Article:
Author Topic: macOS 10.13 High Sierra - Metal 2 Argument Buffers: 100 times faster than OpenGL  (Read 2311 times)

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The biggest change performance-wise is argument buffers —when Apple talks about Metal 2 being 100-times faster than OpenGL and 10-times faster than the original Metal, this is the specific thing it’s talking about. Argument buffers are designed to make draw calls more efficient, allowing developers to render more objects onscreen at once. In the original version of Metal, each draw call involved multiple separate API calls, which increased the amount of CPU time spent processing those calls. Argument buffers make it so that more can be stored in Metal’s buffer, reducing the amount of API calls required to draw each object on screen. Not only does this reduce the amount of CPU time spent per draw call, but Apple says it also scales much better. This means that making additional draw calls doesn’t necessarily consume a lot of extra CPU cycles.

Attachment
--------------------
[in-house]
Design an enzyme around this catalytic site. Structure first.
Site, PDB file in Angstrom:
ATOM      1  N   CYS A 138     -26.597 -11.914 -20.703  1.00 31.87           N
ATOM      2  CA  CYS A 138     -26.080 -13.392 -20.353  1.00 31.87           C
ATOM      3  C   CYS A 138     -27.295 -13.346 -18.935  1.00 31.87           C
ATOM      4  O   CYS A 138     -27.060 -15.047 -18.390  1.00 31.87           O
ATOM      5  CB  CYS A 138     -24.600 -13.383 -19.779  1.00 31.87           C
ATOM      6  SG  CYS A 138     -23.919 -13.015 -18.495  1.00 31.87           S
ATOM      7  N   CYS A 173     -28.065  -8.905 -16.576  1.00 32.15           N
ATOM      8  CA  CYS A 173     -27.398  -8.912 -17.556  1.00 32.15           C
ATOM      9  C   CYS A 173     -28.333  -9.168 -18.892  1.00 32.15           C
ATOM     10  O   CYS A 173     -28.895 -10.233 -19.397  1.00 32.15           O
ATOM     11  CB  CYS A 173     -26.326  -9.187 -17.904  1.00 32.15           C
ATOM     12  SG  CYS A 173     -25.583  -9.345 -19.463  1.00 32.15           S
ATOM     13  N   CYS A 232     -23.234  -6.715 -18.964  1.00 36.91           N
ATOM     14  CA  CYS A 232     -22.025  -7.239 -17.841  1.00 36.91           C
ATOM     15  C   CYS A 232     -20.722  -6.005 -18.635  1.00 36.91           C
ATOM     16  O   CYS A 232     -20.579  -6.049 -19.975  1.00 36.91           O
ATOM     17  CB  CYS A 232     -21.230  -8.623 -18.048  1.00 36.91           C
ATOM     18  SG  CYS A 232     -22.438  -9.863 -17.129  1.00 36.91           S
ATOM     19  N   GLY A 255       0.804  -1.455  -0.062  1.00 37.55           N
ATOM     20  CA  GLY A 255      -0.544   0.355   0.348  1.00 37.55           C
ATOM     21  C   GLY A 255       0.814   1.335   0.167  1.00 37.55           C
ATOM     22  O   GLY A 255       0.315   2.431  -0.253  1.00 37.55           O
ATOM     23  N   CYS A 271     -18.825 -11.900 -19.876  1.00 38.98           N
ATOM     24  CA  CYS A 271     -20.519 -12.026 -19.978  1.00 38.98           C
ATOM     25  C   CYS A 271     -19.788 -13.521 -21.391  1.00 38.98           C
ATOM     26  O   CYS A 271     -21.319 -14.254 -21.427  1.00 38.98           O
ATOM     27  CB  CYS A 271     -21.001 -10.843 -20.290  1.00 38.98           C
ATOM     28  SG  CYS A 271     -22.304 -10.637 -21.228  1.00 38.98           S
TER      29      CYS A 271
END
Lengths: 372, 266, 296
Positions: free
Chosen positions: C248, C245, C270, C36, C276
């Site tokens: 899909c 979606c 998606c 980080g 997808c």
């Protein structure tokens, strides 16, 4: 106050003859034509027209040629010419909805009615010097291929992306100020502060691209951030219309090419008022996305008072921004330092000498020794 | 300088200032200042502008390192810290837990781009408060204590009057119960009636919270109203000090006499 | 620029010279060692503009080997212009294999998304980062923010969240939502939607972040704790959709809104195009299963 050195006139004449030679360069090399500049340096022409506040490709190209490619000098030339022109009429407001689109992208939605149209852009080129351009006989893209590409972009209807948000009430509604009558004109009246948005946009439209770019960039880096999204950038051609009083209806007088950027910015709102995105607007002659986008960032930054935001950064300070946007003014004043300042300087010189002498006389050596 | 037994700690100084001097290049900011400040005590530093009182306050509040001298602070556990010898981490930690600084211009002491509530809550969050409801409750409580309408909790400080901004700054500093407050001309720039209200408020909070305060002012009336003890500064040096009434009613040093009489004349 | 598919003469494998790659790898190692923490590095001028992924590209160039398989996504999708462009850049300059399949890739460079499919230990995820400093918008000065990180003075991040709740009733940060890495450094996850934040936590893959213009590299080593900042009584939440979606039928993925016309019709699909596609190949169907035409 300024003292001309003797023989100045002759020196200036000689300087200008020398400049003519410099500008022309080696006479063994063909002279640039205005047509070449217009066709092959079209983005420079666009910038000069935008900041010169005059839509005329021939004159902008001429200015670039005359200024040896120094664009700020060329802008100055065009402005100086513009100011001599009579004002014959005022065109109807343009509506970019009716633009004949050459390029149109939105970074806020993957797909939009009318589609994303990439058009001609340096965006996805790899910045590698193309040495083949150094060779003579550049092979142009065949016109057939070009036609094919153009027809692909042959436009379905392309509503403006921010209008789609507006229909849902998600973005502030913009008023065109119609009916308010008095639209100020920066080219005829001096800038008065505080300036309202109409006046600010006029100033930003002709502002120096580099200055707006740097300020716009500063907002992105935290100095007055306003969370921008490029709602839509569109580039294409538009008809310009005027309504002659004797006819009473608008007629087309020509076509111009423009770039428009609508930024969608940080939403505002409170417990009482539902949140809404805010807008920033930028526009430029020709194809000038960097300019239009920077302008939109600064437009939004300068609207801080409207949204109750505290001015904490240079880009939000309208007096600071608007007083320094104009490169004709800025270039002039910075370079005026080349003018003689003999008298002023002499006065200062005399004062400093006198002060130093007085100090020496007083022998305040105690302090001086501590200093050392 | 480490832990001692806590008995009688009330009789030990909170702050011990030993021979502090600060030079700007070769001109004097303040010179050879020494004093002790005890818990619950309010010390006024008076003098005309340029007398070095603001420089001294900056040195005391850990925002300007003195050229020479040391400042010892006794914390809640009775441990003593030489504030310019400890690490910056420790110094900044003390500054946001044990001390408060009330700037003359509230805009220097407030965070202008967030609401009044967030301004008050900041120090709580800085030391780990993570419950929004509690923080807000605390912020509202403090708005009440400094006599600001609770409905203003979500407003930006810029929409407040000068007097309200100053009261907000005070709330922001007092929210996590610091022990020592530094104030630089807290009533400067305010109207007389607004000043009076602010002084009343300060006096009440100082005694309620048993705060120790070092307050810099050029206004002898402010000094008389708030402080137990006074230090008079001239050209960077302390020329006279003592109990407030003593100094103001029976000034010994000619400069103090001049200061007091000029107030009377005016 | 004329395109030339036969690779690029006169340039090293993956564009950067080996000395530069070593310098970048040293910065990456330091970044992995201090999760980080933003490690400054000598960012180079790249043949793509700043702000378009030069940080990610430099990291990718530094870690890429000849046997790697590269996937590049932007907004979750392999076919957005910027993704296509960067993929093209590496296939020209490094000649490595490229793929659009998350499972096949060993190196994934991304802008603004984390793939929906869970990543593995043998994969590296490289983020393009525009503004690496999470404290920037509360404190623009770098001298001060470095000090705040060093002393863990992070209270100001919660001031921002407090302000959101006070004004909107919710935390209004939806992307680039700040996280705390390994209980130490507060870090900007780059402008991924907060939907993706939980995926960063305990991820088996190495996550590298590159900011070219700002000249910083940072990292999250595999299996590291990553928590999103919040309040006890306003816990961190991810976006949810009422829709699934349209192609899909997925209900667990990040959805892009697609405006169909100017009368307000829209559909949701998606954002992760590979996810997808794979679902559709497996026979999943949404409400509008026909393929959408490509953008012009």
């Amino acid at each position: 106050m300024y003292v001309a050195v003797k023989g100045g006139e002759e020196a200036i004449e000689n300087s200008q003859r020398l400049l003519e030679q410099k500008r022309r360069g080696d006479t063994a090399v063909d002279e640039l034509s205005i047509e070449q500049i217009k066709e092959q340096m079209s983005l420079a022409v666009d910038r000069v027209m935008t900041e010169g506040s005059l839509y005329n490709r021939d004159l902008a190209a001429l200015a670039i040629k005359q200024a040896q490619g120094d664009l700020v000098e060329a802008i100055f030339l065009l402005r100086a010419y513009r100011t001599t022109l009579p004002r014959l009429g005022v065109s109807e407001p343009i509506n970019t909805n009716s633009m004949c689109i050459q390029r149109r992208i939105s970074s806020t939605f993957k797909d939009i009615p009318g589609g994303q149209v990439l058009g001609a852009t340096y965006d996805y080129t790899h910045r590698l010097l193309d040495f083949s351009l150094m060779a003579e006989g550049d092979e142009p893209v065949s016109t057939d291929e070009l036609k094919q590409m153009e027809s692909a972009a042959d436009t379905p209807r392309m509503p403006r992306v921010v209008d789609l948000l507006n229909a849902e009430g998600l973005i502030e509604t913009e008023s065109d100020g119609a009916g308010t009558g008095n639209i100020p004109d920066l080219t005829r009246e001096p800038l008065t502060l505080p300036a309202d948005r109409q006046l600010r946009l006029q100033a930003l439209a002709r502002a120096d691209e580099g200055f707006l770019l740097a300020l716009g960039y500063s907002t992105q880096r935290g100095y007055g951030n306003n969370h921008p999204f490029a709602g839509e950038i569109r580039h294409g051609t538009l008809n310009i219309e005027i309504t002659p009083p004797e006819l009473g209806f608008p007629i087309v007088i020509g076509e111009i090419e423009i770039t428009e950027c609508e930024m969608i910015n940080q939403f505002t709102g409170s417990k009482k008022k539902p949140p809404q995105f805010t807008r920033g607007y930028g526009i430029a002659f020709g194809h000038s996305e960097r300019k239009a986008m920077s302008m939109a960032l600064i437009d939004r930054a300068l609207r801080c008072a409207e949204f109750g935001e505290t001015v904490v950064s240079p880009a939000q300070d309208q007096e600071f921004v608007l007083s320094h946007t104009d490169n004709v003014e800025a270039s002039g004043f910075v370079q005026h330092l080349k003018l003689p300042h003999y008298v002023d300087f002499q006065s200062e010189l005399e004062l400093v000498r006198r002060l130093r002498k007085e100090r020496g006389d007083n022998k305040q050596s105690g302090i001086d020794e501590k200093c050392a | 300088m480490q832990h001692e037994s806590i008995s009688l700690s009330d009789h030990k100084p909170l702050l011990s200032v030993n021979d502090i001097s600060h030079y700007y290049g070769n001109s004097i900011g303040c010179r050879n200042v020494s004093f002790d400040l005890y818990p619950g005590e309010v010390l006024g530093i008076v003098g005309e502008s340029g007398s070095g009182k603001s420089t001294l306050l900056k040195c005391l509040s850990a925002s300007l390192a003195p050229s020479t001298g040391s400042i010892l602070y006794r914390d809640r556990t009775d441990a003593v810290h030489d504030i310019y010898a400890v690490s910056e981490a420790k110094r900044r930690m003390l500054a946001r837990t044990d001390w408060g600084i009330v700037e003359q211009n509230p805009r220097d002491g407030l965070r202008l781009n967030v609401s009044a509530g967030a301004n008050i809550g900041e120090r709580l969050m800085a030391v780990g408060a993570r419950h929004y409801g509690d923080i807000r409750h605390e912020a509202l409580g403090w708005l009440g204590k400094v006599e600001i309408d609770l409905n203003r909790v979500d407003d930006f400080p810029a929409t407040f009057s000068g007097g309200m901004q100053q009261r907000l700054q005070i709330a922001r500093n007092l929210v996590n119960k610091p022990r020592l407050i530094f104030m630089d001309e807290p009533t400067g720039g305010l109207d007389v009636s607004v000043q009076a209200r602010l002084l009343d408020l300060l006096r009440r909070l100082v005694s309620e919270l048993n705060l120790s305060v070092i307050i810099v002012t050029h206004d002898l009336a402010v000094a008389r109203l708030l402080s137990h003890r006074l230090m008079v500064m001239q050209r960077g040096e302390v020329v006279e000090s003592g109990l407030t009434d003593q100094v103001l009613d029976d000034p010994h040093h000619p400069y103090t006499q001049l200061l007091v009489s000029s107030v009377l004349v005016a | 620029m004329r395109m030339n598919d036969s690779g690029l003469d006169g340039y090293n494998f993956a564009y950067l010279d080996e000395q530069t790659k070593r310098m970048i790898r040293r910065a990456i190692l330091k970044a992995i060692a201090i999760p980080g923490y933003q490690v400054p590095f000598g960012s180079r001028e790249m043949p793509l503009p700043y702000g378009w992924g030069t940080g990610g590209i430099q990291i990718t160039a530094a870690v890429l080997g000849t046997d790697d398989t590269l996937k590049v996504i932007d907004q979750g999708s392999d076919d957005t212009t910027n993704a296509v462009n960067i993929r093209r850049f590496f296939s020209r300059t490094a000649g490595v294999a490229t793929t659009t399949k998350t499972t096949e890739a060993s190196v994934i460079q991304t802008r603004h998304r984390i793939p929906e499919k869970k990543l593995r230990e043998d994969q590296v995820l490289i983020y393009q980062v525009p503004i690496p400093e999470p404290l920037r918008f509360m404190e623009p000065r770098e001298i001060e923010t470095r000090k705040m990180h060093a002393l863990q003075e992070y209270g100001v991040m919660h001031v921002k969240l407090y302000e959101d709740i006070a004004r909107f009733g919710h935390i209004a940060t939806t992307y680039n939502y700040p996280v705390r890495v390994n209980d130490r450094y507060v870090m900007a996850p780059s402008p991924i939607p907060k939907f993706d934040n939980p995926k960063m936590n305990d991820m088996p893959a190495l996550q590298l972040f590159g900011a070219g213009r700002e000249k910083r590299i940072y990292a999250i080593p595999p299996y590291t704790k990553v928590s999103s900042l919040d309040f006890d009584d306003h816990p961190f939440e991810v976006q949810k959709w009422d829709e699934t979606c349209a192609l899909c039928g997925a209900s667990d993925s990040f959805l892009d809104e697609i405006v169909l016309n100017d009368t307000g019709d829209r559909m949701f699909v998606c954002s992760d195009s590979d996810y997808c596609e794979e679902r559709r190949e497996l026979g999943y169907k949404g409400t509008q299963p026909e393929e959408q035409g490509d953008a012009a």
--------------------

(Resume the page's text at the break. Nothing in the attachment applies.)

This doesn’t magically translate into a frame rate that’s somehow 100-times higher than what you can achieve in OpenGL; argument buffers just present us with a hypothetical scenario that generates a nice big theoretical number that highlights one of the ways in which a low-overhead API is superior to a more conventional API.

While both macOS and iOS still nominally support open, third-party APIs like OpenGL and OpenCL, it’s clear that the company sees Metal as the way forward for graphics and GPU compute on its platforms. Apple’s OpenGL support in macOS and iOS hasn’t changed at all in years, and there are absolutely no signs that Apple plans to support Vulkan.


Understanding Argument Buffers:

Metal 2: Accelerating graphics and much more
« Last Edit: September 26, 2017, 02:58:47 PM by JeGX »